What happens to your retirement funds when you die?

Retirement investments have a role to play, both in funding for one’s retirement and in achieving one’s estate planning goals. As such, understanding what happens to the proceeds of your retirement funds in the event of death is an estate planning imperative. In this article, we take a closer look at how the proceeds from your various retirement investments will be distributed in the event of your passing.

(i) Pre-retirement

Pre-retirement investment vehicles governed by the Pension Funds Act include pension, provident, preservation and retirement annuity funds and are unique in that the distribution of death benefits held in these vehicles is strictly regulated by Section 37C of the Act. Because of the massive tax incentives provided to taxpayers when investing through approved retirement funds, the aim of this piece of legislation is to ensure that the fund member’s financial dependants are recipients of these proceeds, thereby reducing the burden on the State. As such, on the death of the fund member, the retirement fund trustees are required to conduct an investigation to determine who was financially dependent on the member at the time of his/her death. Once a thorough investigation has been conducted, the trustees will meet to determine the most equitable allocation amongst the deceased’s dependants, bearing in mind that this could include parents of the deceased, siblings, adult children, or anyone else who relied on the deceased for financial support. Because of the nature of the investigation, the trustees have a period of twelve months in which to make a determination and this delay is important when it comes to one’s estate planning. As important is the understanding that those whom you have nominated on your retirement fund policy may not necessarily receive a portion of the death benefits as the ultimate distribution is dependent on the findings of the trustees.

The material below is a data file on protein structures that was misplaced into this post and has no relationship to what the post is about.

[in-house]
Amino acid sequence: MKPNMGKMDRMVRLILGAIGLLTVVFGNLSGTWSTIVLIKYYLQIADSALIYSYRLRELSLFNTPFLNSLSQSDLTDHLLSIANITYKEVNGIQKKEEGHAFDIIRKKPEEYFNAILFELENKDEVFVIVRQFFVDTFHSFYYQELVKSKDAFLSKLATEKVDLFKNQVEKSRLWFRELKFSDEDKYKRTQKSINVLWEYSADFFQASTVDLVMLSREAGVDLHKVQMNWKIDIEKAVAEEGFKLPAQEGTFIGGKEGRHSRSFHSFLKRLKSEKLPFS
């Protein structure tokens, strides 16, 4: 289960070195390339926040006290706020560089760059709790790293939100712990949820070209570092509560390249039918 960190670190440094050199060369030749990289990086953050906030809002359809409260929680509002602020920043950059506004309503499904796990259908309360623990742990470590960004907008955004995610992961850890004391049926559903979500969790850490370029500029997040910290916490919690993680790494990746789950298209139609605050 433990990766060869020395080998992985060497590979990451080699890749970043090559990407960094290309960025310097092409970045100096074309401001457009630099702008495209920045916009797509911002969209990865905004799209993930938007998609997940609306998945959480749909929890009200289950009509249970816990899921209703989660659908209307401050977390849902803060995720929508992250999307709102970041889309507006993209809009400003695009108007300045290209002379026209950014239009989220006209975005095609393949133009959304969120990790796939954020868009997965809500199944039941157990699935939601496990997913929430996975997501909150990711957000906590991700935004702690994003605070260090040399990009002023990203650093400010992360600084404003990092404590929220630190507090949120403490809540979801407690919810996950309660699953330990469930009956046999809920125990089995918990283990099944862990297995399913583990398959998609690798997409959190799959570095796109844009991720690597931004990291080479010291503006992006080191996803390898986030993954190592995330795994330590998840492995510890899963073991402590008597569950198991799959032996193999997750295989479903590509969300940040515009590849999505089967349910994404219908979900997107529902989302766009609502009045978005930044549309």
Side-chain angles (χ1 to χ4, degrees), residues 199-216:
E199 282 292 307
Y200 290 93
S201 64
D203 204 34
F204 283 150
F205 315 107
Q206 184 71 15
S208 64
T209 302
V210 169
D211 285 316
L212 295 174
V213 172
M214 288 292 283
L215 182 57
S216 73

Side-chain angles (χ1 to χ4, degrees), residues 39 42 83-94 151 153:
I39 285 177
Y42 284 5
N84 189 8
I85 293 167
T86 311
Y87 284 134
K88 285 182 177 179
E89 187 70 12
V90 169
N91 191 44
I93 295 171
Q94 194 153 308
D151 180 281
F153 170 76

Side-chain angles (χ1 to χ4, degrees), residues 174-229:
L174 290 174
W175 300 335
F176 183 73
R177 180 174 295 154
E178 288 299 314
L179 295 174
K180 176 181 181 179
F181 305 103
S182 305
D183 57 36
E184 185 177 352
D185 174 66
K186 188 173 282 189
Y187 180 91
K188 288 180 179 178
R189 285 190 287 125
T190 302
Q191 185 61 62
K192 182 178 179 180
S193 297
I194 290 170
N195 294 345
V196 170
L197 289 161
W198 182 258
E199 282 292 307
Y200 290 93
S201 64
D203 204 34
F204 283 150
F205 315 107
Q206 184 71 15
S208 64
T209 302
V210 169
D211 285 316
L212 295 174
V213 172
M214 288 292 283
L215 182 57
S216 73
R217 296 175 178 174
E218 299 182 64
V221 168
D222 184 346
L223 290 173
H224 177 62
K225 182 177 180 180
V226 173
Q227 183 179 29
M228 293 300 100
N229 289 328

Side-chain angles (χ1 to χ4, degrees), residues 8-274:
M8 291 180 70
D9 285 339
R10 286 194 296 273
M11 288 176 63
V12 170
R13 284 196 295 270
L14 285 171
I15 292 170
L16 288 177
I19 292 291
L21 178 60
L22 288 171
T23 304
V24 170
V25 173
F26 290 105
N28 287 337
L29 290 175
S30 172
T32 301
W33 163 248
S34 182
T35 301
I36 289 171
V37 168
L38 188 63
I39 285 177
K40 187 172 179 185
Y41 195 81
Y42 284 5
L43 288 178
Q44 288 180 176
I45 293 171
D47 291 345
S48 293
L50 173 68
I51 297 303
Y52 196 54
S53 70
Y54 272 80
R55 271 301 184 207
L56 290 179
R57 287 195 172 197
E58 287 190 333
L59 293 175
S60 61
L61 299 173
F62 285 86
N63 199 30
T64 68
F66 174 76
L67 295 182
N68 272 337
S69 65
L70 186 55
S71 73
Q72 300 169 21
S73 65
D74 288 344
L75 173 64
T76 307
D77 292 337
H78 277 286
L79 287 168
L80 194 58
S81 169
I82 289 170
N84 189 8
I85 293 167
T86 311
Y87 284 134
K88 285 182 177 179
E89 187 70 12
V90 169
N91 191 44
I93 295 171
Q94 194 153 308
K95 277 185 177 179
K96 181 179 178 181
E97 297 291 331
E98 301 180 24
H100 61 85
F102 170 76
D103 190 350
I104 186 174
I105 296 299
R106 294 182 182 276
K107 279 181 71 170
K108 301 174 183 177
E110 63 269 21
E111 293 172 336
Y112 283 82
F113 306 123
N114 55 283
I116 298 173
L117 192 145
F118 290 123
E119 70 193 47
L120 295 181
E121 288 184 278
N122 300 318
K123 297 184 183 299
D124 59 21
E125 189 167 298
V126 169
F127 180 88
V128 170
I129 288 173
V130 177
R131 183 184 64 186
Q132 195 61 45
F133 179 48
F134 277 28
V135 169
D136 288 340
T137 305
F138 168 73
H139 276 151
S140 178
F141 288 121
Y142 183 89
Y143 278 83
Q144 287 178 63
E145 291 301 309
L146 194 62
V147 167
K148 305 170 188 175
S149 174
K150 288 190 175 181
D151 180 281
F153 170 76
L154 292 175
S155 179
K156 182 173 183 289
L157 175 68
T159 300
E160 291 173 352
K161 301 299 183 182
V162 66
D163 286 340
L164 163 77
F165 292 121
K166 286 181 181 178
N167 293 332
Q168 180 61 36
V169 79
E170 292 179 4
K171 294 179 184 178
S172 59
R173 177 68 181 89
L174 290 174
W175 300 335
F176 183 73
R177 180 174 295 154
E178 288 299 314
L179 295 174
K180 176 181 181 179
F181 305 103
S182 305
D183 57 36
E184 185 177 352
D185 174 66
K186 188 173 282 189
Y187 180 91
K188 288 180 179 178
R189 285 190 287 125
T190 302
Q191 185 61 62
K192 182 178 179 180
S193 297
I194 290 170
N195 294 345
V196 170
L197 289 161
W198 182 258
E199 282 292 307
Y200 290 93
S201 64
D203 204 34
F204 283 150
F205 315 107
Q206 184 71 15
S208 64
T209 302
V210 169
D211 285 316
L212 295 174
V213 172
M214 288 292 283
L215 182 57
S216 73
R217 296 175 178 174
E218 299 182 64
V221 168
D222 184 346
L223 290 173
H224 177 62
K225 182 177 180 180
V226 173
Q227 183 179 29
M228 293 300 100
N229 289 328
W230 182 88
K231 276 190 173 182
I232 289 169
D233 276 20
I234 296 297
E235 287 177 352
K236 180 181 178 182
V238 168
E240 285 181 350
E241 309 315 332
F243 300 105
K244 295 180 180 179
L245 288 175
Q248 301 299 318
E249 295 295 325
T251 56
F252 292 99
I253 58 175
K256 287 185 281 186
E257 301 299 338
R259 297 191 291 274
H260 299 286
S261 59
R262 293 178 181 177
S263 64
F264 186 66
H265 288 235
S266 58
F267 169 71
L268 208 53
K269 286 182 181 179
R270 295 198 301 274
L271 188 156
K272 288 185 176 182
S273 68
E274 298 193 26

In the context of one’s estate plan, note that once the trustees have made their determination, the proceeds will be paid directly to the beneficiaries and/or nominees and, as such, these assets fall outside of the deceased estate and are excluded from the estate duty calculations and executor’s fees. The identified beneficiaries have a number of options in terms of how they choose to receive the death benefits and are required to notify the fund trustees timeously of their option. One option is to take the benefits in cash although it is important to note that, while the first R550 000 is free from tax (in the event that no previous withdrawals have been made), the balance will be subject to tax in the hands of the deceased member on a sliding scale between 18% and 36%. Alternatively, a beneficiary can use the capital to purchase a life or living annuity in their own name in which case no tax will be payable, although the annuity income will be taxed in the hands of the beneficiary. Finally, a beneficiary can opt to implement a combination of both where, for instance, they take a tax-free cash withdrawal and invest the remaining balance in an annuity structure.

(ii) Post-retirement

Unlike pre-retirement funding vehicles, annuities are dealt with differently in the event of the policyholder’s death although the manner depends largely on whether the policy is a life or living annuity. We unpack the differences below:

Living annuities